Many beginning PHP programmers set out to build a website that features a user login system but are unaware of the awaiting pitfalls. Below is a step-by-step guide through the necessary components of both a user authentication system and a user authorization system. The former is about determining whether users are who they say they are, while the latter is concerned with whether or not users are allowed to do what they are trying to do (e.g. gain access to a particular page, or execute a particular query).
|It is recommended that readers integrate the concepts outlined below into their scripts, and not simply cut and paste the code examples.|
There are two parts to the authentication process:
- The login form. The user is presented with some way of entering their credentials; the system checks these against a list of known users; if a match is found, the user is authenticated. This part of the system generally also initiates some way of remembering that a user is authenticated (such as by setting a cookie) so that this process doesn't have to be repeated for each request.
- The per-request check (for want of a better name!). This is the same as the second part of the login form process, with the user credentials being acquired from a source more convenient to the user—such as the cookie.
The code given below may need adjustment depending on the architecture of your scripts, whether object-oriented or procedural, having a single entry-point into your code or a dozen scripts each called separately. However the components of a login system are executed, their fundamentals are the same. Similarly, when a 'database' is referred to, it does not necessarily mean MySQL or any other RDBMS; user information could be stored in flat files, on an LDAP server, or in some other way.
The Login FormEdit
This is the simplest part of the system, and the easiest place to start. Put simply: an HTML form is presented to the user, the user enters his credentials, the form contents are submitted to the next part of the login system for processing.
The user's credentials are generally a username and password, although others are possible (such as a nonce from a hardware token-generator). Many sites are now using the user's email address rather than a username. The advantages of this are that the e-mail addresses will be unique to one user, and it allows people to have consistent usernames since users with common usernames may not be able to get the same username everywhere they register.
The data from the login form can be submitted to whatever script is to handle the authentication and login process, and it is in this script that the real business of logging-in takes place.
We don't need worry about checking inputs when logging in as much as when creating or changing the account since we're just matching what's entered in with what's in the database. Anything that is illegal (such as an e-mail address without an @ sign) will simply not have a match and the login will fail. All user-submitted data will be safely escaped when it's passed to the database so we don't, at this point, need to worry about SQL injection attacks and there is no security benefit to be gained from limiting the length or form of the username or password.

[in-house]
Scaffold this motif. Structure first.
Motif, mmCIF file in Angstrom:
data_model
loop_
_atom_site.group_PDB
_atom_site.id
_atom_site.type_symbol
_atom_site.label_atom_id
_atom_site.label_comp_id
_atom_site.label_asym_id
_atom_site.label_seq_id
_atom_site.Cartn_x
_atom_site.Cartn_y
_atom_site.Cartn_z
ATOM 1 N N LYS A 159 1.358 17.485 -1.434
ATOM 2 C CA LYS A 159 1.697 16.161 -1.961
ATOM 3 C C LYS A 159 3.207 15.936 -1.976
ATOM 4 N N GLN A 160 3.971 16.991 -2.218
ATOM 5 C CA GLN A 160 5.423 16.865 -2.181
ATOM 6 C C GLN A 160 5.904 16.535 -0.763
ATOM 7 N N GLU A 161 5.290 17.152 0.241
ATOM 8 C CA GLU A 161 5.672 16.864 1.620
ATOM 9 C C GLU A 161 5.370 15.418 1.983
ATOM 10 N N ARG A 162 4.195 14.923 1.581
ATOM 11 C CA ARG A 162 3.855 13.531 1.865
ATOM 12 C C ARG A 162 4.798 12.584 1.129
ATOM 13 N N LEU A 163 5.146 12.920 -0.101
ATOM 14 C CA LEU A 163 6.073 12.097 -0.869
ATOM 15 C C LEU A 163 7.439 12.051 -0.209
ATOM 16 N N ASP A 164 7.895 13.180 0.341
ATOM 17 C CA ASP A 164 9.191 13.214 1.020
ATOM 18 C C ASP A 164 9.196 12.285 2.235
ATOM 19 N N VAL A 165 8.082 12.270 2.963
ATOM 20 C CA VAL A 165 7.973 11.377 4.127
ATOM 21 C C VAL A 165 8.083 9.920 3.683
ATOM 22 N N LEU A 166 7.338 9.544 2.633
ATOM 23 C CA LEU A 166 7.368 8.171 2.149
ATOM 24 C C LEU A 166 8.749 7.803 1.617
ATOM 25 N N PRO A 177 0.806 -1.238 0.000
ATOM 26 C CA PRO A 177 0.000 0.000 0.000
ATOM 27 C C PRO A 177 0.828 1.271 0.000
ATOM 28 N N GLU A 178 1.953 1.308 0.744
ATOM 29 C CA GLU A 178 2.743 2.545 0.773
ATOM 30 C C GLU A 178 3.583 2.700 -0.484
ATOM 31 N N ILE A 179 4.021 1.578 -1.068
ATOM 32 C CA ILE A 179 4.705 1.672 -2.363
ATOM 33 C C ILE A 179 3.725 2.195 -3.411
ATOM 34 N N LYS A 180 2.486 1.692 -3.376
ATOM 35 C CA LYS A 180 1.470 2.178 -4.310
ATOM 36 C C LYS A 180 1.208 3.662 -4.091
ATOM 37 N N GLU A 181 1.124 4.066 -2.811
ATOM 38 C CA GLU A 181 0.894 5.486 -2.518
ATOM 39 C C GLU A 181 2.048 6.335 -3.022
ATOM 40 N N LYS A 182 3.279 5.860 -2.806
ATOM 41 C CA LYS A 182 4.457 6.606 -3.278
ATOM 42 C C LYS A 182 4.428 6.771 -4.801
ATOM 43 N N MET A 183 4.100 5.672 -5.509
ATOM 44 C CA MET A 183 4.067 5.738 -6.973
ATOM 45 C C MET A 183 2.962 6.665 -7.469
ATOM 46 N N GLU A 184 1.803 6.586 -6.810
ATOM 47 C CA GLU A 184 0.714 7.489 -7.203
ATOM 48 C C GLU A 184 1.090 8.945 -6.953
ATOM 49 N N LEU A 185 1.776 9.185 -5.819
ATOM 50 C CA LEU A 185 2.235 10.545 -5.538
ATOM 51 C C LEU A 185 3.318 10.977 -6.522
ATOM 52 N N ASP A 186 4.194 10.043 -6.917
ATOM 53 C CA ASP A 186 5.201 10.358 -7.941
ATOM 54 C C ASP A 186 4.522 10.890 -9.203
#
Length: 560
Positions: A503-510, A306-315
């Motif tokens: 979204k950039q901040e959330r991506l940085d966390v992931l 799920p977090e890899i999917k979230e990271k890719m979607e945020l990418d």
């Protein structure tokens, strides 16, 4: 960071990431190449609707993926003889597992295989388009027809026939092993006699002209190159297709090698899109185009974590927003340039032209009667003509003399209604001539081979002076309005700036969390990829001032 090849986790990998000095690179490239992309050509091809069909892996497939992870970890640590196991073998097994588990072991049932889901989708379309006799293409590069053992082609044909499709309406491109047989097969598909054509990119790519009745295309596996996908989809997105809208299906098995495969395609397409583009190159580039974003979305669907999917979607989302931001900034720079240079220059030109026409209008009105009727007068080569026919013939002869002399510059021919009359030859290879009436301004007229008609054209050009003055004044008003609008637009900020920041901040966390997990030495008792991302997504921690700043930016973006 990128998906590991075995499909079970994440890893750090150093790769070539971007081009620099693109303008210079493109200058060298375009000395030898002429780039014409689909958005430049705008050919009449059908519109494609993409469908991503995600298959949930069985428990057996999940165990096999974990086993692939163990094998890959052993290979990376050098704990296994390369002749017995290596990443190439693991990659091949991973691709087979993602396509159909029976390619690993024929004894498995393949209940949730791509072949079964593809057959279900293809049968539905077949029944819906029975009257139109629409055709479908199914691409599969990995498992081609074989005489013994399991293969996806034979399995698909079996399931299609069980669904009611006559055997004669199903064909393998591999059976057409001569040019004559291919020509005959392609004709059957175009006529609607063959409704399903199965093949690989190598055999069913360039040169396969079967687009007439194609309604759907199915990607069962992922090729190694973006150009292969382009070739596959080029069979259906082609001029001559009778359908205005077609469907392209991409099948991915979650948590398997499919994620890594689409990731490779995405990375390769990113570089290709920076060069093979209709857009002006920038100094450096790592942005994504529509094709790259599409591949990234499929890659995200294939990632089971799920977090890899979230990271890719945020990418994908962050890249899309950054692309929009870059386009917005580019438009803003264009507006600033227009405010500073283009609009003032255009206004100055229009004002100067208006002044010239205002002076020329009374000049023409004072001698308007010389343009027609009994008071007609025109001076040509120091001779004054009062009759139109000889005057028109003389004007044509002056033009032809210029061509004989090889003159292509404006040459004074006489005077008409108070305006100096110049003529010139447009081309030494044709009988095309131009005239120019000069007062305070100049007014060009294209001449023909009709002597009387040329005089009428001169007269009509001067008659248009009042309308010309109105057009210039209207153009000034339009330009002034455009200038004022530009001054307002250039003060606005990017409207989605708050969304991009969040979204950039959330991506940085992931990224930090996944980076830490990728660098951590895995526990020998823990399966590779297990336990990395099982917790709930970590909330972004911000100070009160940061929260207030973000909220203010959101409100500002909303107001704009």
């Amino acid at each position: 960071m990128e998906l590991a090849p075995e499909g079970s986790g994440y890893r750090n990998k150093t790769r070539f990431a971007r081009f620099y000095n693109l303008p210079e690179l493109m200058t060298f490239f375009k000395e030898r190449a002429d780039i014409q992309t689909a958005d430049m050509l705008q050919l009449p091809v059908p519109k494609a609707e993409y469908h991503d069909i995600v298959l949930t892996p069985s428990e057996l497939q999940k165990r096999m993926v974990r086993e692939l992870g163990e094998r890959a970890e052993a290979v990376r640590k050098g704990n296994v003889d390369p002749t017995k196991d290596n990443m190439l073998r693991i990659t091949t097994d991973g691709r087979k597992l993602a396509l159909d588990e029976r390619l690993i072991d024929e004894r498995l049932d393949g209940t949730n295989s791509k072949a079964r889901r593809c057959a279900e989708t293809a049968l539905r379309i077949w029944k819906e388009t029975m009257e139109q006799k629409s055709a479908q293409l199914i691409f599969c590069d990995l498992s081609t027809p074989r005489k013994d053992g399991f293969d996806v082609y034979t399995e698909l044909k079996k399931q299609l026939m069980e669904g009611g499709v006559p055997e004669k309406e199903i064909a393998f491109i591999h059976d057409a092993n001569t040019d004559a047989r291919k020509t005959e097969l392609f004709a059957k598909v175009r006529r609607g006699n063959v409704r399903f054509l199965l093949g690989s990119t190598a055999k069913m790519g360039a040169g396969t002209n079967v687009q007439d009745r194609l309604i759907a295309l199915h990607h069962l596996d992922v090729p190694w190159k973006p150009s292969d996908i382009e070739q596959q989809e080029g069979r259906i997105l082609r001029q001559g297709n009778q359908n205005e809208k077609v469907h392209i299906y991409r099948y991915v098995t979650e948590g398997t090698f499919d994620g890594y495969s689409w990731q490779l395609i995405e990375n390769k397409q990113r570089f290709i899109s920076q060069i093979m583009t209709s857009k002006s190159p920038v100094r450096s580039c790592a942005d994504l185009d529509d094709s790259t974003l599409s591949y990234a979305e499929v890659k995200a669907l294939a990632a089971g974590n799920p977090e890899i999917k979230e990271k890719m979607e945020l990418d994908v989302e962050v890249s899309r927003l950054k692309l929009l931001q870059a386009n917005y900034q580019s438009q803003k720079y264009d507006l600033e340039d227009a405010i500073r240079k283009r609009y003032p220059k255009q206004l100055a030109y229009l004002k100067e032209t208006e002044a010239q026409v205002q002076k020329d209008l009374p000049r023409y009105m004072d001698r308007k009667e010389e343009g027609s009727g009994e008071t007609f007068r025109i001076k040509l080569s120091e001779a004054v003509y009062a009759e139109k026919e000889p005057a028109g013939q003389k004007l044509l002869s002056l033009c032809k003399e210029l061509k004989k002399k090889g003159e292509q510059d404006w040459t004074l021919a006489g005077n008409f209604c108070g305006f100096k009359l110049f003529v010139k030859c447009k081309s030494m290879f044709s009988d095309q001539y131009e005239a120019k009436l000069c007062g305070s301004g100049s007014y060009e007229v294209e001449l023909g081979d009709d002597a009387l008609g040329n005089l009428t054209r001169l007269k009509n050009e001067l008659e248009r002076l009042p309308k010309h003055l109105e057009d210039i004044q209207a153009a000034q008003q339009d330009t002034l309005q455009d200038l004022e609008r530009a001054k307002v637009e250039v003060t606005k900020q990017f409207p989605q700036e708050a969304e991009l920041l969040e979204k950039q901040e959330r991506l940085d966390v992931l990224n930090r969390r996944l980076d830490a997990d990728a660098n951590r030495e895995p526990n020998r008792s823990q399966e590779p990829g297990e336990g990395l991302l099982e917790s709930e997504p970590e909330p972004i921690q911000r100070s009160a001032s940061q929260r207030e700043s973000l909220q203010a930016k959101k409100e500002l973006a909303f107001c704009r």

The login processing script itself needs to do a number of things. Firstly, it initiates a session (and this will often actually form part of the 'per-request authentication', as described below). Secondly, it queries the database for a matching user; if there is none then the login attempt has failed and the user is returned to the login form. Lastly (and assuming the user does exist), their identifier (username or email address) is saved as a session variable.
The script can now display a welcome message, and the authentication will stay with the user so he doesn't have to login every single time he loads a page. Let us now look at how to do that.
The users authenticity must be verified upon each HTTP request (i.e. for a page, image, or whatever). This is ostensibly as simple as seeing whether the relevant session variable is set:
This is sufficient in many ways, but it is vulnerable to a number of attacks. It relies utterly upon the session being tied to the right user. This is not a good thing, because sessions can be hijacked (the session key can be stolen by a third party) or fixed (a third party can force a user to use a session key that the third party knows). Read the sessions page of this Wikibook for more information about this and how to avoid it.
$_SESSION['fingerprint'] variables will also need to be set at the initial log in point (where the login form was processed) if they are to be used; simply insert the following lines above where the
email_address variable is set:
One thing to remember when using browser fingerprints, however, is that, while they do add some security to your application, they are not a catchall by any means. Many ISPs offer Dynamic IP addresses, which are IP address that change at certain intervals. If this were to happen while a user is browsing your page, he would be kicked out of his account. Also, the code snippet that checks to make sure the browser is the same, can be modified via Firefox extensions which modify the headers while requesting the page.
And that is how a secure user-authentication system is implemented in PHP5! There are a number of points that have been glossed over in the information above, and some that have been left out completely (e.g. how to only start a session when necessary). If you are implementing your own user login system and are trying to follow the advice given here, there are sure to be things that you will figure out as you go and will wish were explained here, so please be bold and edit this page to add anything that you feel is missing.
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